Philippines: Storytelling for Hunger Awareness

Image by Mr. Kris


A few years ago, a short film won the public's  approval at the 56th Berlin International Film Festival, and to this day, it is still making its rounds through internet, raising awareness on poverty and hunger.  Chicken Ala Carte by Ferdinand Dimadura is one of the videos we bring you today about hunger past, present and future.

The following video is available at Culture Unplugged a website promoting documentary videos, shorts and mobile films, as well as rewarding the most popular ones with cash prizes. Chicken A la Carte is 6 minutes long and its visual nature makes it cross language barriers without a hitch:

Many as children heard our mothers tell us to finish the food on our plate, as there were children starving in other areas of the world: the truth is that the starving children may just be around the block from us.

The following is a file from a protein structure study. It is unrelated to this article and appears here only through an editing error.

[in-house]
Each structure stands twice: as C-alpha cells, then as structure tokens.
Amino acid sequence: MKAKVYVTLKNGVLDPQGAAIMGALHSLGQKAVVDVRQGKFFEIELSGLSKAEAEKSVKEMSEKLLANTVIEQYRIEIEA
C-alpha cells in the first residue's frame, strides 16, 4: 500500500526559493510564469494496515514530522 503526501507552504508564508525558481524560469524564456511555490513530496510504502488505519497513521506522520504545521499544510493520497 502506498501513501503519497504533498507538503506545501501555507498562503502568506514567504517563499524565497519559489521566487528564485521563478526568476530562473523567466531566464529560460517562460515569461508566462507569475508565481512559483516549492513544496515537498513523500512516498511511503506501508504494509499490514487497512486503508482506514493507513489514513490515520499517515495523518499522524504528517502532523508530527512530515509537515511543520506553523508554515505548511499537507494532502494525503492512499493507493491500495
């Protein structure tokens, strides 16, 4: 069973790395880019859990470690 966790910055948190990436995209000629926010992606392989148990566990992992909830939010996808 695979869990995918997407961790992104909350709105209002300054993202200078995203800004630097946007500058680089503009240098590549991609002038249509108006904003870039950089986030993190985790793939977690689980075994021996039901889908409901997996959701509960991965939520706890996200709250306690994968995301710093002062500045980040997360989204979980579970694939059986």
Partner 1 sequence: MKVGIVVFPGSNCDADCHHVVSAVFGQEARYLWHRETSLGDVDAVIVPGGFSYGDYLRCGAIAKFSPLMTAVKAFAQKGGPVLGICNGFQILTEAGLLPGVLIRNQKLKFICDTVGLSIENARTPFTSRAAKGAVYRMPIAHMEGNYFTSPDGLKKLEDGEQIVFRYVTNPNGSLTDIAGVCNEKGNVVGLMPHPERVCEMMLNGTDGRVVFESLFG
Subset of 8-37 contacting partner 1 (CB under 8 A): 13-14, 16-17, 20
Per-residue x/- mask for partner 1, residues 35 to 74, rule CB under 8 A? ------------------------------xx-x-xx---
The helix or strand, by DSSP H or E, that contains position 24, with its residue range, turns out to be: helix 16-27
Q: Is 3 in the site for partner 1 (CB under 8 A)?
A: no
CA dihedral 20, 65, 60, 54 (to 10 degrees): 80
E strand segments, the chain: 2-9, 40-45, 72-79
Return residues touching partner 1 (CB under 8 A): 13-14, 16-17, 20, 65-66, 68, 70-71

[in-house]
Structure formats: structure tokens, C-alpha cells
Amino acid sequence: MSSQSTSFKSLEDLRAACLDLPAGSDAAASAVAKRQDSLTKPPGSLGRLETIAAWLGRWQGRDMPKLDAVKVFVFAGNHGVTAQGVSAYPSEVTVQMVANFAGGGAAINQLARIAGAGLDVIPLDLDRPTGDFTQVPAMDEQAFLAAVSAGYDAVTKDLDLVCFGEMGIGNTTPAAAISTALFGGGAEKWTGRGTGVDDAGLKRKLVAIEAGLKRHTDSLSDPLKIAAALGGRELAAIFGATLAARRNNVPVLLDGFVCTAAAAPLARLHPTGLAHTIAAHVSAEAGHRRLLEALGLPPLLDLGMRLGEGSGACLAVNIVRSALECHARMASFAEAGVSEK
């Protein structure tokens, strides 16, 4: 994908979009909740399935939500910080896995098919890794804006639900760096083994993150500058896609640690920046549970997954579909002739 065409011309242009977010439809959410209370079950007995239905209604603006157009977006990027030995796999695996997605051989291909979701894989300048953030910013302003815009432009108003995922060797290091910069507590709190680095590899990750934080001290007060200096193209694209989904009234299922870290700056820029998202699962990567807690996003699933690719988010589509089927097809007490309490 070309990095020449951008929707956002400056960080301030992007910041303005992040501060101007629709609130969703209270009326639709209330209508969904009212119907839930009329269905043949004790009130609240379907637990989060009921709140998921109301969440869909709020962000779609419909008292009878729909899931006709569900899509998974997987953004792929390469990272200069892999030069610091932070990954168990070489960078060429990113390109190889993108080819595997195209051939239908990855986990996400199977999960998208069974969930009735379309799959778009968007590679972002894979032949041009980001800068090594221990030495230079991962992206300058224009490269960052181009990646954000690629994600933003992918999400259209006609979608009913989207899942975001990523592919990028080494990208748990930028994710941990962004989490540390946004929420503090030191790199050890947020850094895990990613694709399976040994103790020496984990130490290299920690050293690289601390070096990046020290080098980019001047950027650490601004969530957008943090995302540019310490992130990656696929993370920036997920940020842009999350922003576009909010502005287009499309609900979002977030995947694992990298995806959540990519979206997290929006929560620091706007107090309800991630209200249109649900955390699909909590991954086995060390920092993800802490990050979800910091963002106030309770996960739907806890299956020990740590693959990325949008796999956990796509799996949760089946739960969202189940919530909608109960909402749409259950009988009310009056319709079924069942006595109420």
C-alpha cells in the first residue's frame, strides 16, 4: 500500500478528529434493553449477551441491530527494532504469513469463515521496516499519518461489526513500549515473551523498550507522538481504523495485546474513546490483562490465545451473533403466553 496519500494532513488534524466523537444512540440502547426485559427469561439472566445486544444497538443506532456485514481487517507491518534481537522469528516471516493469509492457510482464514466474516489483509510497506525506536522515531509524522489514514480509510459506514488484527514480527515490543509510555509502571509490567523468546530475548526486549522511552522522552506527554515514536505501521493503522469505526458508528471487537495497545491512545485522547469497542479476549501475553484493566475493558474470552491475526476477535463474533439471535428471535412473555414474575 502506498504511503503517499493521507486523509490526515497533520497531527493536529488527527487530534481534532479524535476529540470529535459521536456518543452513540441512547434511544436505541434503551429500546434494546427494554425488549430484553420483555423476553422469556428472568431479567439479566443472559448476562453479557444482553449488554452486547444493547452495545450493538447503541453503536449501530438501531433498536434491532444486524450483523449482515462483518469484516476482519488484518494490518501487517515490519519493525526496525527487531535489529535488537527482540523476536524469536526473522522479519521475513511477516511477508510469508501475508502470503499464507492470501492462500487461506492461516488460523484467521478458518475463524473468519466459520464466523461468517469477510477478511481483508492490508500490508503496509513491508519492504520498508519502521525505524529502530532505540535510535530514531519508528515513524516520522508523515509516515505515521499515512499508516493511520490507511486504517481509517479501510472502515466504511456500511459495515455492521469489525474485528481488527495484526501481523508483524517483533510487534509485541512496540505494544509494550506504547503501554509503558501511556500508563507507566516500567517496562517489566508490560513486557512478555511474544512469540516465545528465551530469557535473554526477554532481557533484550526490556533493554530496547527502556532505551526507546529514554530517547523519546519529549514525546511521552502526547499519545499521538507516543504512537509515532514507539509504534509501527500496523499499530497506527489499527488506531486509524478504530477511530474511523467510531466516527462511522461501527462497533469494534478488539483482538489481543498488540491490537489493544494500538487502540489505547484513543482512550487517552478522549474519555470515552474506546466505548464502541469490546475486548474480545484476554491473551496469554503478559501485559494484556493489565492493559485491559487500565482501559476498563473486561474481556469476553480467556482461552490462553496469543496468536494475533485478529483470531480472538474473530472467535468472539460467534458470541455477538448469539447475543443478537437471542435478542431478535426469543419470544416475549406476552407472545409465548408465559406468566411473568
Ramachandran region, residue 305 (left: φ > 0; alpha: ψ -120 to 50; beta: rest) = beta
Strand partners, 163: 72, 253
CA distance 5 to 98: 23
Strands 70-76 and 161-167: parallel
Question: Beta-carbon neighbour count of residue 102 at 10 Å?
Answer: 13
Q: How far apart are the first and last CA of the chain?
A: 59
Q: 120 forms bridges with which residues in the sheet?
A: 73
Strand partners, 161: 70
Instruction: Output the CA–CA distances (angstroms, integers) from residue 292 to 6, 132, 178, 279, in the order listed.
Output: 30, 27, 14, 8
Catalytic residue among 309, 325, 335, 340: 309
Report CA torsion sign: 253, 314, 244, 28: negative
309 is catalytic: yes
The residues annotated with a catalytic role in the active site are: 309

This next video by CarolinaMed warns about the injustice stemming from wasting or throwing away edible food and includes numbers regarding how much is wasted from a single specific first world country, and how many people would benefit from that thrown away food.

And from Singapore, azahahasupernova poses the question: What is your excuse for wasting food, and gives ecological reasons of why it is harmful for the environment.

In the Philippines, hunger is not recent: there are myths based upon the need to find food to stave off hunger: such is the case for the following short, an animated film made in watercolors. Animator tokomokolika tells us a bit more about it:

A Bontoc story about a tree that used to stand near Lake Danum near Sagada. This is a mythology story about a woman named Maeng, and her quest to save her family from hunger.

It is an adapted story from Damiana Eugenio's collection of Philippine Mythologies. In the book, the protagonist is nameless, and the name of the village she came from was Maeng.

Thumbnail image used is Give us This… by Mr. Kris


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